Importance of Premarital Counseling

Last updated: 23 Aug 2019

Premarital counseling is an important part of preparing for marriage.

Ok. That's enough summary.

Let's hear two fictional stories before we proceed.

Jane and John are separated today. Friends who attended their wedding still remember how sweet the beautiful bride and charming groom looked. The elaborate preparation towards the ceremony was evident in the expensive décor and sumptuous refreshments.

Unfortunately, the abundant wedding gifts were not yet all opened when a sour taste began to envelop and finally extinguish the sweetness of the relationship.

With no one to run to for help, Jane and John chose to separate and begin divorce proceedings. They believe their marriage to each other was a mistake.

On the other side of town are Jill and Jack, a soon-to-be-married couple. Their church insists on premarital counseling as a prerequisite for marriage solemnization.

However, Jill's and Jack's pastor feels his effort is a waste because the would-be couple has blinkered eyes. Just going through the motion to satisfy the church's requirement.

'We don't really feel this is important,' says Jill. 'We love each other and don't see why counseling should be a big deal.'

Jack echoes her thoughts. 'I love Jill, and I'm going to love her no matter what'.

These examples illustrate some of the reasons why intending Christian Singles may not consider premarital counseling.

  • Like Jane and John, they may be ignorant about premarital counseling.
  • Like Jill and Jack, they may believe their love for each other is enough, and that counseling is for those couples who may likely have problems in marriage.
  • Fear that counseling may expose uncomfortable issues and cause their relationship to be terminated. The counselor may think the couple incompatible.
  • Hyper-spirituality: 'Where in the Bible did couples undergo premarital counseling? Wasn't Rebecca just brought to Isaac and they lived happily ever after'?
  • Presumption: 'God has told us we're meant to be. We don't need counseling before marriage. Nothing can come between us. Our marriage can never fail.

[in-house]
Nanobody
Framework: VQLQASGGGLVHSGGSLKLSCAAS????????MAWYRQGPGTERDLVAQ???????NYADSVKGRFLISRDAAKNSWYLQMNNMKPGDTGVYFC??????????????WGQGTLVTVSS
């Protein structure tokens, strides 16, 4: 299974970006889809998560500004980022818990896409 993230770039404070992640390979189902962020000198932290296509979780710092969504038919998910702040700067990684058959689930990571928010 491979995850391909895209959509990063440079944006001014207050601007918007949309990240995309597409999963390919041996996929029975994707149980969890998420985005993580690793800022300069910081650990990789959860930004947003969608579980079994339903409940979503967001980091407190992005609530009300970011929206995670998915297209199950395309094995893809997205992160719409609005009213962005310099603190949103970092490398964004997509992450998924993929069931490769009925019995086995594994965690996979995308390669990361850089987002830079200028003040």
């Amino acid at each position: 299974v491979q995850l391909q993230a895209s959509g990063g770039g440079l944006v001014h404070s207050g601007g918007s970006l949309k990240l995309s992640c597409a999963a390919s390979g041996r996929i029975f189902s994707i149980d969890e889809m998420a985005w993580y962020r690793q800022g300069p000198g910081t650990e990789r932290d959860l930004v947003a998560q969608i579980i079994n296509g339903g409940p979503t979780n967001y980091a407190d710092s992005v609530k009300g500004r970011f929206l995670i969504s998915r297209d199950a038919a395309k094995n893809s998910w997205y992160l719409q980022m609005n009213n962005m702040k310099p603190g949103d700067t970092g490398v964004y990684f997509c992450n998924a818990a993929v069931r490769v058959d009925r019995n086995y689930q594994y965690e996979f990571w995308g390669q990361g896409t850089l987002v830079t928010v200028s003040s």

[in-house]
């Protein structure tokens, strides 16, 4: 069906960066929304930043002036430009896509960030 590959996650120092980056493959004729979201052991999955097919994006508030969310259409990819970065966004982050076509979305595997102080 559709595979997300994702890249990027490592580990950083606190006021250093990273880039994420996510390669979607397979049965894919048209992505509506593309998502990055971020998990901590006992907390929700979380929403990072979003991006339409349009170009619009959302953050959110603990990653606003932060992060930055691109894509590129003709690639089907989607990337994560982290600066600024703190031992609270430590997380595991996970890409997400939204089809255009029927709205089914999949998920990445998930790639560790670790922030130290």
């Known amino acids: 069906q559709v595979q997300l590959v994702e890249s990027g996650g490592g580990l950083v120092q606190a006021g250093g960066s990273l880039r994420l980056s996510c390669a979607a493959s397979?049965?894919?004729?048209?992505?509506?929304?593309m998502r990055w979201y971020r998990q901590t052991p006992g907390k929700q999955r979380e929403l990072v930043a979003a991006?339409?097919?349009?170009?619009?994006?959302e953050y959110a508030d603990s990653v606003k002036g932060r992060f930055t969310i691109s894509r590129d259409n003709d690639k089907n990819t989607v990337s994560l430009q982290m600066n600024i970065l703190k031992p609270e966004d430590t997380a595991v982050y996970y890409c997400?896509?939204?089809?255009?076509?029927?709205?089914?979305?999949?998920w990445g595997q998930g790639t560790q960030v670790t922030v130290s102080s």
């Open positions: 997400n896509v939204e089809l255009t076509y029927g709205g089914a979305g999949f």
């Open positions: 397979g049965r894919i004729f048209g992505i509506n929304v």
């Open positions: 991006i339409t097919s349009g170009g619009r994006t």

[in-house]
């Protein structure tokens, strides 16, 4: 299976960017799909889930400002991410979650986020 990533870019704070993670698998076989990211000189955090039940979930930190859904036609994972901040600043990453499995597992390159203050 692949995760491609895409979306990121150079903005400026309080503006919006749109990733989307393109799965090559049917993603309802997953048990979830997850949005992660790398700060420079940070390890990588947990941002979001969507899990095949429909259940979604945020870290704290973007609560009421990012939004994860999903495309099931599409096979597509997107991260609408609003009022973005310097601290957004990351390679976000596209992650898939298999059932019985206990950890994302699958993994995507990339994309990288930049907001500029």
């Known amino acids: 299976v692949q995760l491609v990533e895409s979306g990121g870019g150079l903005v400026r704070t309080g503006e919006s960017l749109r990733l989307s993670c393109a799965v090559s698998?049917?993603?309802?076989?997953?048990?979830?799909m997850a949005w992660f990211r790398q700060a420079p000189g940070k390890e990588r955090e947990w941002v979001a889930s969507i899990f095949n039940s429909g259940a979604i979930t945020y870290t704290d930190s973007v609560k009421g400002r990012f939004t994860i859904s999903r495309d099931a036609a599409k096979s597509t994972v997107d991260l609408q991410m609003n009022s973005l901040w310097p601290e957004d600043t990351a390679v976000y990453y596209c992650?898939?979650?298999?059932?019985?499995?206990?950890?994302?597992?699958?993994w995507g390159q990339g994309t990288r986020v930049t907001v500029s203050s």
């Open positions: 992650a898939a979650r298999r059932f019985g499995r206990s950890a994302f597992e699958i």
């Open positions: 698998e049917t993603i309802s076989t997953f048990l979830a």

• Over-confidence: 'We already know much about marriage relationships. We don't need anyone to counsel us'.

A caveat about premarital counseling.

Not every marriage begun without premarital counseling fails. And not every couple that goes through counseling has a successful marriage. The formality itself is no guarantee for a good marriage.

But couples who willingly and purposefully undergo counseling before saying 'I do', have higher rates of marriage success.

Premarital counseling is, therefore, a help along the decision-making process.

Counseling sets aside the emotions and helps the intending couple to look squarely at important issues.

As a result, some couples have discovered that they are not meant to be together and have happily gone their separate ways while remaining cordial towards each other.

Yes, the fear that counseling may result in the termination of a relationship is true. But it is better to go your separate ways before marriage than to go through the pain and ordeal of divorce or have a bad marriage.

The good news is that the cases of separation from counseling are few. Even during those times, the separation is not hurtful as in a break up where only one party wants out.

The couple discovers where they were making assumptions and sees the reason why proceeding to marriage is not the right decision.

This advice was given to me by a counselor during a painful time of my life. I was grieving from a painful breakup, wondering what in the world had gone wrong.

I had been headed for the altar with glazed eyes. Number 5 above was my reason not to consider seeking counseling, since 'God had told me he was going to be my husband. (link)'